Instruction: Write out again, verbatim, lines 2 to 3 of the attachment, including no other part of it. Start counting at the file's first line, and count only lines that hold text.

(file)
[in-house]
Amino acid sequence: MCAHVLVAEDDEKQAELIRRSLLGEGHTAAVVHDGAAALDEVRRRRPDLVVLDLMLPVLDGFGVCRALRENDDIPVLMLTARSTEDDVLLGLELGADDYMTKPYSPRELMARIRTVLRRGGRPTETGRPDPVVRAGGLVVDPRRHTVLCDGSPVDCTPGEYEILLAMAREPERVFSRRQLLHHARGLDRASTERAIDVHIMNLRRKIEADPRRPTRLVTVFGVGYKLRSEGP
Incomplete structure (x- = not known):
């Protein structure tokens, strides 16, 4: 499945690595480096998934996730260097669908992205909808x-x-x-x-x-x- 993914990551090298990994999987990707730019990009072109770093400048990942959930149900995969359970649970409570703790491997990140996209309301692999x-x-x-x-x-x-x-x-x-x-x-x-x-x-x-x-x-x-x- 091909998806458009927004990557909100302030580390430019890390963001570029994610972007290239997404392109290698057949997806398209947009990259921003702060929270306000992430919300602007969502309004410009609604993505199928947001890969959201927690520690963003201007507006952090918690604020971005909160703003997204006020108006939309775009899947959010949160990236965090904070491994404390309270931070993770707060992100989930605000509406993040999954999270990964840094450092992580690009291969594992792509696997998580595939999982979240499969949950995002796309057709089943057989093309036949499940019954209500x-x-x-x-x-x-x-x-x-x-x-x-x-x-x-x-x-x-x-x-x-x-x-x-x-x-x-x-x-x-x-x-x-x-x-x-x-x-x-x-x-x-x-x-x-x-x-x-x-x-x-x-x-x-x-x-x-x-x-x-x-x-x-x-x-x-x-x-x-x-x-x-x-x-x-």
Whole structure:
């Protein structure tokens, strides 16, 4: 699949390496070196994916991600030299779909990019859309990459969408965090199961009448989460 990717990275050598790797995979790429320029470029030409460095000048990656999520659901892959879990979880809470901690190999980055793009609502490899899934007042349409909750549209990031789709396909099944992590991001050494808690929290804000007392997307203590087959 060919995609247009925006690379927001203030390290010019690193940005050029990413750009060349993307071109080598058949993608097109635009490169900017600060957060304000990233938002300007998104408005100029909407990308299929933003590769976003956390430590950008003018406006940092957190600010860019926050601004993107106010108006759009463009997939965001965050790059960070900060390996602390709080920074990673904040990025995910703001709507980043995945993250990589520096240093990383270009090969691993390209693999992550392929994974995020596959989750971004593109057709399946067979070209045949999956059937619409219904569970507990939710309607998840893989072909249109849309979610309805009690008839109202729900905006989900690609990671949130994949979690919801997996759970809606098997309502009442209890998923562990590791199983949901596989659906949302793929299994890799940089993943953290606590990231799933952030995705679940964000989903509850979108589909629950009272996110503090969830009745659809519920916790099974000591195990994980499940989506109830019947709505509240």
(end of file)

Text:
Amino acid sequence: MCAHVLVAEDDEKQAELIRRSLLGEGHTAAVVHDGAAALDEVRRRRPDLVVLDLMLPVLDGFGVCRALRENDDIPVLMLTARSTEDDVLLGLELGADDYMTKPYSPRELMARIRTVLRRGGRPTETGRPDPVVRAGGLVVDPRRHTVLCDGSPVDCTPGEYEILLAMAREPERVFSRRQLLHHARGLDRASTERAIDVHIMNLRRKIEADPRRPTRLVTVFGVGYKLRSEGP
Incomplete structure (x- = not known):